For a product or service, the acid test of accessibility is asking real users with disabilities to attempt real tasks using it.
- Reveals whether your product or service works as you intended;
- Works for websites, software applications, consumer products, and much more;
- Helps designers get into the mind of their users;
- Reveals the effect of design features on accessibility, usability and task performance;
- Produces a prioritised list of issues and recommendations for improvement;
- Short video clips are great for demonstrating issues to senior management.
Even if you have followed accessibility guidelines, it can be very difficult to be sure that a product is fully usable by people with disabilities in practice. The best way to find out is to do some real user testing.
In a CFIT user test, you can observe users with disabilities carrying out typical tasks using a product such as a website, a software application or a piece of equipment. Any difficulties, confusions or frustrations will become immediately apparent. A CFIT accessibility consultant will help you understand exactly how the design or implementation contributes to these problems and what you can do to fix them.
How does it work?
Here is an overview of the CFIT user testing facility as used for a typical website user test.
The user environment
The user test participant (1) sits in a typical office environment within the testing room which is controlled for sound. The test facilitator (2) sits with the user, explaining the tasks, taking notes and critically observing the user's interactions. The test is conducted using a standard PC (3) with assistive hardware and software. Dedicated user test recording software, together with discreet cameras and microphones capture and record every aspect of the user testing session for later analysis
The Observation environment
Observers can watch the test in real time from the comfort of our observation room couches. The video from the user's monitor (6) is displayed on a flat screen TV (4) while a second signal from the camera and microphone (7) shows the user's gestures, facial expressions, body language and vocalisations on a television monitor (5). Through these links, observers can see everything that the user does and says, as well as the interaction between the user and the facilitator.
What do you get?
A typical user test consists of 8 separate user sessions of 1 to 1½ hours each. Each user carries out a set of realistic tasks which have been agreed beforehand with the client. These will usually include the most common tasks for which the product is used, as well as the most critical tasks and any tasks that CFIT's experts anticipate may cause problems for users. Tests are carefully designed and run so as to yield the most realistic user behaviour and therefore the most valid results.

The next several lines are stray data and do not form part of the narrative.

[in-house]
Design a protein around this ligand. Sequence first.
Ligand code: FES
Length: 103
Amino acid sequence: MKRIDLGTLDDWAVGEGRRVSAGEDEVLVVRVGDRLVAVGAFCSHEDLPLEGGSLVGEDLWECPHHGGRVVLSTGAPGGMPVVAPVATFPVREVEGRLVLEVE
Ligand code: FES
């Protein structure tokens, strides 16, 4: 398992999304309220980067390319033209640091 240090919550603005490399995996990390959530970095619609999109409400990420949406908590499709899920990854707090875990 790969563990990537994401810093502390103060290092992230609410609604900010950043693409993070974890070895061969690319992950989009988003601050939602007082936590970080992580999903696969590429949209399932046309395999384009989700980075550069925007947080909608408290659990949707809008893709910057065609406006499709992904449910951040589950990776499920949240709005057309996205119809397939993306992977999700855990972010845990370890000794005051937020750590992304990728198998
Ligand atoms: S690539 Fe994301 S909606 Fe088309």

CFIT recruits representative users to suit the test. Recruiting 8 different users enables us to cover a broad range of disabilities and assistive technologies. It also allows us to include younger and older users and people with different levels of experience. This results in a more representative sample of attitudes and approaches.
Most tests take place at CFIT's purpose-built user testing facility in Drumcondra, Dublin, but we can test on-site if necessary. If individual users are unable to travel or if they use assistive technologies which cannot be transported or reproduced, we can run the test in their home, workplace or rehabilitation centre. Extended field trials can also be carried out in this way.
We strongly encourage clients to come and observe the tests. Observing user tests is one of the best ways to gain a first hand understanding of what accessibility really means, beyond the technicalities of any guidelines. Designers and developers in particular can get huge benefits from the insights they gain from observing users. So much so, that we have created a separate observation area for that purpose in our Drumcondra facility. Using a wide screen TV and a small video monitor, clients can watch and listen to the user tests via a remote link without disturbing the users in their tasks.
After we have analysed the results of the user tests, the findings will be presented to your project team by a senior CFIT consultant at a half day workshop. Digital video recordings of user sessions are used to illustrate key issues. The emphasis is on building an understanding of how the design of the site contributes to users' difficulties and what practical steps you can take to alleviate these problems.
What happens next?
The user test will give you an understanding of what it is like for people with disabilities to use your product or service and where problems arise. You may decide to combine the user tests with a full accessibility audit, to give you a complete picture of what needs to be done to achieve full technical accessibility and greater ease of use for all users.
CFIT can continue to assist you as you work on implementing the suggested improvements, by providing flexible consultancy, support, mentoring or 'help desk' facilities according to your needs. This will help you to quickly grow your own in-house accessibility expertise.
What does it cost?
An 8 person user test at our Drumcondra facility costs €4,600. A 4 person test costs €3,300. This covers planning and preparation, recruitment, running the test, payments to the users, video recording, analysis of results, report compilation and presentation at a half day meeting. Tests can be arranged with more or fewer users, depending on your needs.
As NCBI is a registered charity, we do not charge VAT, so this is the final price.